Tuesday, January 30, 2007
Finding Hope, Finding Community in Art
Tonight a small group of people came together to the opening of an exhibition of paintings by Daniel Camacho, called "Looking for Hope: The Paintings of Daniel Camacho," hanging in the windows of the Cesar E. Chavez Branch Library on East 12th Street, right around the corner from the Fruitvale BART Station.
Daniel Camacho's paintings are rooted in the motifs and images of community. He explained how it is "easier to organize when you have a community." He briefly explained the symbolism behind his work: one painting shows a type of electric light-bulb with a group of people in a circle holding hands in the interior of the buld. Another shows hands and a cascade of candles glowing in shades of darkness of deep blues. Daniel talked about the metaphor of lighting a candle as a symbol of hope and sprituality. This exhibition of his art directs itself explicitly to the violence East Oakland has been suffering over the last twelve months. His art, he said, does not offer a solution or pretends to. His art is a reflection, a type of midfulness I would add, about overcoming and stopping the violence by rebuilding community.
When the community itself is under attack within and without, then the task to to save the community in order to be able to organize more easily for those ideals and goals that art, poetry, culture, human community and the work of Daniel Camacho yearn for, dream, struggle. Daniel Camacho's paintings is more than a tool or a support, his art speaks for itself not only against violence, but more significantly, Daniel's work speaks for and is rooted in community, in collective processes for social change, for an art of the commune, as Mayakovsky would say again tonight from the depths of the 20th century.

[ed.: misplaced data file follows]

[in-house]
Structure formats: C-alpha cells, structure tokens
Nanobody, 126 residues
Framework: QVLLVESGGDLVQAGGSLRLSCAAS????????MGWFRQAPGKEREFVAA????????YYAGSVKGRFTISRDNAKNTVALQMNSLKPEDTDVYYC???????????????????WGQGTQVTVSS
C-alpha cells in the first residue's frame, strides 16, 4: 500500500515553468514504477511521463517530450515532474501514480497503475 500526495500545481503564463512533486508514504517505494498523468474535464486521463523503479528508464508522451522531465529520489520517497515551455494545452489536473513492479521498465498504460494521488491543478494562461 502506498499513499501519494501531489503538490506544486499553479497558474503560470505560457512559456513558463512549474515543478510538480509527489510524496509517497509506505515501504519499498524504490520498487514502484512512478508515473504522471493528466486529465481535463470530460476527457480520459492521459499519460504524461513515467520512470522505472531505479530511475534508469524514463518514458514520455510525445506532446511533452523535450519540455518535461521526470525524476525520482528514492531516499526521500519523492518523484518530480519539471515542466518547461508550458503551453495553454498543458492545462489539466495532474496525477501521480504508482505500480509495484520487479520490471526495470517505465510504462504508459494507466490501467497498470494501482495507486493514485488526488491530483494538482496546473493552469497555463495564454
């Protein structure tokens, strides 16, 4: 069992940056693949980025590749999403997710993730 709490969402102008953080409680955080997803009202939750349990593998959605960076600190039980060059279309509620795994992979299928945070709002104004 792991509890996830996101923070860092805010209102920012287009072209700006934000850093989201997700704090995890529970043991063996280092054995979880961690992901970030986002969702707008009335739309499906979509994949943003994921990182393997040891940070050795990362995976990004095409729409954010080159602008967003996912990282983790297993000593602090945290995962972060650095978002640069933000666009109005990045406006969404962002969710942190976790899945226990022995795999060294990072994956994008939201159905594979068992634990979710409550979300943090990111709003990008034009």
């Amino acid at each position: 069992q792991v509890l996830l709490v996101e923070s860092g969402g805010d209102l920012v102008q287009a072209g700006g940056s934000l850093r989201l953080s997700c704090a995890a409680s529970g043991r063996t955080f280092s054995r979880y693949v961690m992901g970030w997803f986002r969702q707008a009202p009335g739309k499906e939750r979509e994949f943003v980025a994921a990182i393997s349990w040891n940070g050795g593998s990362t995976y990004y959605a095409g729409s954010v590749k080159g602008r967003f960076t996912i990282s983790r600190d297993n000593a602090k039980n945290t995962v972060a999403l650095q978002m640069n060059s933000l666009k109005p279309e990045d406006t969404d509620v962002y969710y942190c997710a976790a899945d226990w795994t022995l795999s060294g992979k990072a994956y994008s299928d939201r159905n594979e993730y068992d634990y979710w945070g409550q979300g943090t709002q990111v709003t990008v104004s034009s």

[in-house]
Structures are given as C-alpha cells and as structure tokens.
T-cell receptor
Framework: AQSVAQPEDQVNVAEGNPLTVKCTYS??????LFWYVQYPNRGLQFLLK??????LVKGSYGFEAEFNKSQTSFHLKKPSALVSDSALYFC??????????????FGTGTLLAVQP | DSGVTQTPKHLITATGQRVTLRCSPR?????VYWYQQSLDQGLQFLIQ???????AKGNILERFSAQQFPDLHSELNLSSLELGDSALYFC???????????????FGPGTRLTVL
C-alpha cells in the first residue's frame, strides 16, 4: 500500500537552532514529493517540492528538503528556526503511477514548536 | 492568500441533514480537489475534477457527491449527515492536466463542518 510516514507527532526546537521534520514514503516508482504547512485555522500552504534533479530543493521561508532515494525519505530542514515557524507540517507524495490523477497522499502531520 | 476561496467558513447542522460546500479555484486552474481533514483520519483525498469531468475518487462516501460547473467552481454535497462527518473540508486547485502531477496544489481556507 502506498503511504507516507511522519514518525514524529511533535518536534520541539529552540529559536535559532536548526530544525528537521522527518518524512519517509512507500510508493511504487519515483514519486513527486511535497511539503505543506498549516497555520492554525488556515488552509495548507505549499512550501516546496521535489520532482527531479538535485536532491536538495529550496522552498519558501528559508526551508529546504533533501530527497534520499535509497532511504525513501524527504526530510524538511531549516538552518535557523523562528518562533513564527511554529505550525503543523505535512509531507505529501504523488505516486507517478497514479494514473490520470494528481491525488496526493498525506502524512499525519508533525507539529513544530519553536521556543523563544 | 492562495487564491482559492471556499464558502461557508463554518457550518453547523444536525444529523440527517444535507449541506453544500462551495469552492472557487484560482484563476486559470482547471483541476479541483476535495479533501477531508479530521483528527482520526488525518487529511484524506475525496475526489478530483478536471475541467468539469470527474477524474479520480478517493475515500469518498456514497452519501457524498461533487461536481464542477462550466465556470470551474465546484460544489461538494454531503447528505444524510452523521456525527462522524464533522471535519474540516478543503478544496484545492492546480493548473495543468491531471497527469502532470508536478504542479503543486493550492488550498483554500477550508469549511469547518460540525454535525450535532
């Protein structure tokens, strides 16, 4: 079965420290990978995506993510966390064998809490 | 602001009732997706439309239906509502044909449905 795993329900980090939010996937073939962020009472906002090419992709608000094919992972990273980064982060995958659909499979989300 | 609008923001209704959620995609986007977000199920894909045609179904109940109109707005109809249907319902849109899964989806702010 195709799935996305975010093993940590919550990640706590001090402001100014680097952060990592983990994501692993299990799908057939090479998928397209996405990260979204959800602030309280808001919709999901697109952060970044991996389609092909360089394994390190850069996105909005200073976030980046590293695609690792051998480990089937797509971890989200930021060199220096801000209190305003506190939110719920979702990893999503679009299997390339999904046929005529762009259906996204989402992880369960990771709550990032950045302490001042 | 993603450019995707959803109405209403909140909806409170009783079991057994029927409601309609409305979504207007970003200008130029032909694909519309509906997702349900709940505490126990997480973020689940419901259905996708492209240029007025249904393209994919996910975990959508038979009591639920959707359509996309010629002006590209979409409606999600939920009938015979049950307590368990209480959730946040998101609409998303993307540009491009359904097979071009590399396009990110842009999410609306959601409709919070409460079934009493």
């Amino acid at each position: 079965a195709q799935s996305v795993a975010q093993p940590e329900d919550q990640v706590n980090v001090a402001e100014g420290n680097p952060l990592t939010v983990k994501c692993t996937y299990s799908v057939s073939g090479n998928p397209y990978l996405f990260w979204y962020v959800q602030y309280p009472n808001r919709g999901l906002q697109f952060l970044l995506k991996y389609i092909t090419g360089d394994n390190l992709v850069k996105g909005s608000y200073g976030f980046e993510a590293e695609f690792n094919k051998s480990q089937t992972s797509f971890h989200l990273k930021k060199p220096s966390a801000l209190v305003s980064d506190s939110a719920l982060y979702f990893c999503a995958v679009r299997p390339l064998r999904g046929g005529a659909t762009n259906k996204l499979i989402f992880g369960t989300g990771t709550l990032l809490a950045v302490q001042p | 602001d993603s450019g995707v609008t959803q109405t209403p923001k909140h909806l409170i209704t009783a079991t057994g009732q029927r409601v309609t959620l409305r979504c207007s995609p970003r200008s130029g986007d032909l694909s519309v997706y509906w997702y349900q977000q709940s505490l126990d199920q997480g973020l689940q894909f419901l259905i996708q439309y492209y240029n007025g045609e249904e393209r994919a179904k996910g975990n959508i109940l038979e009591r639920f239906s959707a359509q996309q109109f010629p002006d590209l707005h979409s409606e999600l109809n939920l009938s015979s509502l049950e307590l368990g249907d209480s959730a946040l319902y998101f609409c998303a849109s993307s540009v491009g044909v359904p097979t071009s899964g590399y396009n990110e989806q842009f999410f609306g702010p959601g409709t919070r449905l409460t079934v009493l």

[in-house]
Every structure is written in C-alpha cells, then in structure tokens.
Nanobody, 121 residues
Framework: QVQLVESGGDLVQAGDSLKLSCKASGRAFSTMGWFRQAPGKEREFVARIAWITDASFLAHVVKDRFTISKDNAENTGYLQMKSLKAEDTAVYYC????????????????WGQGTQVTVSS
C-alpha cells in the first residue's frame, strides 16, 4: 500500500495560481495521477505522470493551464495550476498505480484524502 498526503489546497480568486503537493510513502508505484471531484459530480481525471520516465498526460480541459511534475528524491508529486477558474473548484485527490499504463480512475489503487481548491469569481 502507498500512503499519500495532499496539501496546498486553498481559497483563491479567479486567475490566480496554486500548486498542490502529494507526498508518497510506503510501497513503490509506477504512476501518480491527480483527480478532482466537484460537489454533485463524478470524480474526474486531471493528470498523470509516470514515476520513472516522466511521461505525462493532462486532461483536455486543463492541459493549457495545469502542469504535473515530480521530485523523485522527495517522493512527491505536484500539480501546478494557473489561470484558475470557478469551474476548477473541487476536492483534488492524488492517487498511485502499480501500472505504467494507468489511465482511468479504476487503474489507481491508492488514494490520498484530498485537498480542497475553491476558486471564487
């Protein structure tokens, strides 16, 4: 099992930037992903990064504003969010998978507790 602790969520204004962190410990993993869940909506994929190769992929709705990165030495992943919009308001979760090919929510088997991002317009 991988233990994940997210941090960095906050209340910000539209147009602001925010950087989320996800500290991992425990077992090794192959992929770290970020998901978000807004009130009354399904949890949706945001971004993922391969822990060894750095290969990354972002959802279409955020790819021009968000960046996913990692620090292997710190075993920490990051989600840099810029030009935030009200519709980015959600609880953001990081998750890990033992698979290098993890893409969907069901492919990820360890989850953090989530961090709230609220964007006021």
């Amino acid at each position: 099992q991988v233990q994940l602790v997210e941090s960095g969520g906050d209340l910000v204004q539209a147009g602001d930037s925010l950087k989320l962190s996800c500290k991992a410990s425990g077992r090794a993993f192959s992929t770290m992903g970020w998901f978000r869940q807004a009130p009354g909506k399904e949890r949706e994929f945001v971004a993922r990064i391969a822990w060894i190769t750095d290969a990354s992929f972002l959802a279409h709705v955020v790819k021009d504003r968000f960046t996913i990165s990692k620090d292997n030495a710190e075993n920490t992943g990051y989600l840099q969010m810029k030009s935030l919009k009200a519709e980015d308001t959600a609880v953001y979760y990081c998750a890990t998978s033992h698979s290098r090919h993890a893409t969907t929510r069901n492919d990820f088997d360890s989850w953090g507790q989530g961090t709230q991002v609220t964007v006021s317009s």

There was only one criticism tonight, at the opening reception for "Looking for Hope: The Paintings of Daniel Camacho." It is that Daniel Camacho did sign one single piece of his paintings. He replied: anyone can use the paintings, they are for everyone. Public art at its best.
Look out for Daniel Camacho's work, hanging on light poles on East 14th (aka "international boulevard"), gracing archway entrances and sidewalks of the plaza between E. 14th and E. 12th, straight across from the Fruitvale BART Station, being carried in marches demanding a new citizenship and jsutice for undocumented immigrants, by organizations fighting racism, community groups supporting the Zapatista Indian communities demands and dreams of self-determination, autonomy and equality for Indian culture and rights everywhere or at public schools and other unexpected but public, community spaces.
"Looking for Hope: The Paintings of Daniel Camacho" can be viewed from today January 30 through February 28, 2007. In Daniel Camacho's paintings you will room for yourself, finding community and hope for all.